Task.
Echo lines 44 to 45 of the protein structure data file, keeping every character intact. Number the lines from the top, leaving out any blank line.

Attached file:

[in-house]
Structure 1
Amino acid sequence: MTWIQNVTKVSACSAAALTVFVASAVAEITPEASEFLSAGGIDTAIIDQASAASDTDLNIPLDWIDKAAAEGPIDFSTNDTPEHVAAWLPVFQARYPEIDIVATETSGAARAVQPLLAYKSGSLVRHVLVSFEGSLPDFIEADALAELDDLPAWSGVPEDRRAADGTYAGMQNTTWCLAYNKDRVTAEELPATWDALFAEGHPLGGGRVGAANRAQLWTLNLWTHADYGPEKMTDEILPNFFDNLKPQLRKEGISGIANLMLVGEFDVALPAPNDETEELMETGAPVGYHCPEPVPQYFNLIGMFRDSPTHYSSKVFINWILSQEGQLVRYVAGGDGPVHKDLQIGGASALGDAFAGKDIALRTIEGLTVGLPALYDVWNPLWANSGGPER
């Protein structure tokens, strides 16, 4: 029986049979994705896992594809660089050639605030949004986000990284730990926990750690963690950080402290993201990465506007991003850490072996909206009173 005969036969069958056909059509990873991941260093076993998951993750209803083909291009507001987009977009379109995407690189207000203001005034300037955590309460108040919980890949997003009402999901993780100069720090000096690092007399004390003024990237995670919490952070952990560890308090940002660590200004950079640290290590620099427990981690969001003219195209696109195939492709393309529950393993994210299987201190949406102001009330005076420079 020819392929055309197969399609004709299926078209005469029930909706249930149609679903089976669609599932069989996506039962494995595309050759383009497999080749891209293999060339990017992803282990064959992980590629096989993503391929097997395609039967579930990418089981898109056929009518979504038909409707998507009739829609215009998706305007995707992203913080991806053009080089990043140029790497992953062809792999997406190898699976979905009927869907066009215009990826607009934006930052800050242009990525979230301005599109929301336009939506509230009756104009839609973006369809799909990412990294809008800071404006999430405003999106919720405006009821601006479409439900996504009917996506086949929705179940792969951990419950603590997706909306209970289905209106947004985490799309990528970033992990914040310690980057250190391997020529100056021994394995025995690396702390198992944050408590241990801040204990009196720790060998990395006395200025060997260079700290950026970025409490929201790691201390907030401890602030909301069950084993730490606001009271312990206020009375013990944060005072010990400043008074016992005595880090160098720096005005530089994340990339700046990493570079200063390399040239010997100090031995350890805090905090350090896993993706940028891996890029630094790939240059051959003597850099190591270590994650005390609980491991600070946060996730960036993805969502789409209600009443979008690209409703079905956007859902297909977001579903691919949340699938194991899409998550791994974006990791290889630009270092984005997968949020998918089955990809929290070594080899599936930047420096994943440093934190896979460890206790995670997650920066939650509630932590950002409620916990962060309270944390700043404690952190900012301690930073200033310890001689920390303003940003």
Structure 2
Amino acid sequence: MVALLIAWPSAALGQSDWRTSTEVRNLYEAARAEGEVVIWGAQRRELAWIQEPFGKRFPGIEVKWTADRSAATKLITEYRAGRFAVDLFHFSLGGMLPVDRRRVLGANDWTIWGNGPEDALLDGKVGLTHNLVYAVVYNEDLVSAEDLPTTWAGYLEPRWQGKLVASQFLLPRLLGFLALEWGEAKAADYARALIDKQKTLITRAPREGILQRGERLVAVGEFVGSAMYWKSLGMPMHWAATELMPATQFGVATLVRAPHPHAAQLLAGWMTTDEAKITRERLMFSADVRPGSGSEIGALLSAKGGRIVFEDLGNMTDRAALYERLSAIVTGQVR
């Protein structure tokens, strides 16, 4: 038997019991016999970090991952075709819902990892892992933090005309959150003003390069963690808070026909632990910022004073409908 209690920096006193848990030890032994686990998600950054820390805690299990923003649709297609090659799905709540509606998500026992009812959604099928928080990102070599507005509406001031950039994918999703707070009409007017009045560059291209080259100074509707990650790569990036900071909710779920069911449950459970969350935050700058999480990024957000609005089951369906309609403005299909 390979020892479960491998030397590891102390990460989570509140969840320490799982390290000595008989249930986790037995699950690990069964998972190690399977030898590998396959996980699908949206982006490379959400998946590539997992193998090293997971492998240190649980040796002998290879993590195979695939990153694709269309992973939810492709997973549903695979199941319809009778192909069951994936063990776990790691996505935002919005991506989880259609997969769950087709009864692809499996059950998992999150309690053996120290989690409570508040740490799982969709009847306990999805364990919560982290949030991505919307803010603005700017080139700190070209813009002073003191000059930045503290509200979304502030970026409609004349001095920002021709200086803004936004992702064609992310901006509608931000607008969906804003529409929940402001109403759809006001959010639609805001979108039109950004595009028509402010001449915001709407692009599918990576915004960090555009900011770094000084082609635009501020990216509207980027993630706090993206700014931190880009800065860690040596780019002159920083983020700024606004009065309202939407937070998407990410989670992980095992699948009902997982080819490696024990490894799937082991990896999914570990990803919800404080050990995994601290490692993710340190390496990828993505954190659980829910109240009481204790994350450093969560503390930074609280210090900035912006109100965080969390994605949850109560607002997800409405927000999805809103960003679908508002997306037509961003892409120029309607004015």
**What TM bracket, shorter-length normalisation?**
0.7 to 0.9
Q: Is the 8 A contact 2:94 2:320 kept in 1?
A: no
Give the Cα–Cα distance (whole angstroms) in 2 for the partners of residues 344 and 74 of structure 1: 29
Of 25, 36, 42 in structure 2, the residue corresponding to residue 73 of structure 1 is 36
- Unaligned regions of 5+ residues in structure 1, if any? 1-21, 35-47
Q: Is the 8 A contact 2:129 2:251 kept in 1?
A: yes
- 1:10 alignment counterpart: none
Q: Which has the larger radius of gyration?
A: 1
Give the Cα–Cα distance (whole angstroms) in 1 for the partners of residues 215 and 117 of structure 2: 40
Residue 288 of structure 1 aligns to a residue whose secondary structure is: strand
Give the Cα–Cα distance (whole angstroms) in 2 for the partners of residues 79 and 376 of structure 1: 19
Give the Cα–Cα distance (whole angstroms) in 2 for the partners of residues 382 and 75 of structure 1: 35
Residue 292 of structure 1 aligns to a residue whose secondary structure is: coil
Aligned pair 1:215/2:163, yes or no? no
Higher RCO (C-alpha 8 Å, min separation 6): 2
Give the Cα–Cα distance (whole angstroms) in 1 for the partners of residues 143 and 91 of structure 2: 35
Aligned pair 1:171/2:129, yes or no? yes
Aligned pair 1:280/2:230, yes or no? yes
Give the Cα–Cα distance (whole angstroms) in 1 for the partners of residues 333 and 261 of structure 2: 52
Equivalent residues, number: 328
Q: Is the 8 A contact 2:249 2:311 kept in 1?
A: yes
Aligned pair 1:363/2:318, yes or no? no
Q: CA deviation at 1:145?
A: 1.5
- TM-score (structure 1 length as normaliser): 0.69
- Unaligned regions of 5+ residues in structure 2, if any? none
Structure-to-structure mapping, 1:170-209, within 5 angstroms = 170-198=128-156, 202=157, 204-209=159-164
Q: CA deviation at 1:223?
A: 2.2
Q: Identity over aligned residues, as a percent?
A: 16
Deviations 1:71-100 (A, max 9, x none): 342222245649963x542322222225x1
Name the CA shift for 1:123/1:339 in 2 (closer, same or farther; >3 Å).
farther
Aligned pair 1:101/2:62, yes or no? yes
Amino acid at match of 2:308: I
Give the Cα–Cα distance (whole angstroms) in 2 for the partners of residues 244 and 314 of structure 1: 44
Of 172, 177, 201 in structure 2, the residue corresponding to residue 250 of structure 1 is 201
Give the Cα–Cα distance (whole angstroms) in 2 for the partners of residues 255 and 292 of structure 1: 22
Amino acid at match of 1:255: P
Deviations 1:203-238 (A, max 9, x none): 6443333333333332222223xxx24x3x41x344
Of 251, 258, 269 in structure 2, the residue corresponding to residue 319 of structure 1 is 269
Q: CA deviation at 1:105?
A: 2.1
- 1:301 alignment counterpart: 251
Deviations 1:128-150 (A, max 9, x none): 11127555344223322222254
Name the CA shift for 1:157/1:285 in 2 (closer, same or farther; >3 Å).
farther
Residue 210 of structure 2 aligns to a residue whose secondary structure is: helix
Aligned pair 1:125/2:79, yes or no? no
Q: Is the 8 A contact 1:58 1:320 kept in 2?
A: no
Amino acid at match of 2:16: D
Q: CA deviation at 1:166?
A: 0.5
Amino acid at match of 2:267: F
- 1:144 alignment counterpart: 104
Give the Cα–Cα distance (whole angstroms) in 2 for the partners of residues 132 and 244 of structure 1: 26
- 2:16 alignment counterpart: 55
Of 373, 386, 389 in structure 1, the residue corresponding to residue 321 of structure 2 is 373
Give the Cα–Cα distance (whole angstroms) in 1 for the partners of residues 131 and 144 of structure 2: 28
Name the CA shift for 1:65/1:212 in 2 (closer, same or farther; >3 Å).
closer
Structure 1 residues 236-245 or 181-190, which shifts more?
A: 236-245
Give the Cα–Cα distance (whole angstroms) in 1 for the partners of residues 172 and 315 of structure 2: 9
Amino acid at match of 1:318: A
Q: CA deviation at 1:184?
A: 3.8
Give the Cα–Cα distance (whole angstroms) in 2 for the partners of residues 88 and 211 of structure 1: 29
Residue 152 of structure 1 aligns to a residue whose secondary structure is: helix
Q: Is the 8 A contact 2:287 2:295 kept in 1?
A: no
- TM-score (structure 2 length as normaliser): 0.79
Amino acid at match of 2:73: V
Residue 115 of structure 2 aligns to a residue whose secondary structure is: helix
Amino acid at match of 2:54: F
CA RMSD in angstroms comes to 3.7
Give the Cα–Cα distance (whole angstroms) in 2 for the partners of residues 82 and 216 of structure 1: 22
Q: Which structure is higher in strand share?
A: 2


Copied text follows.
Deviations 1:71-100 (A, max 9, x none): 342222245649963x542322222225x1
Name the CA shift for 1:123/1:339 in 2 (closer, same or farther; >3 Å).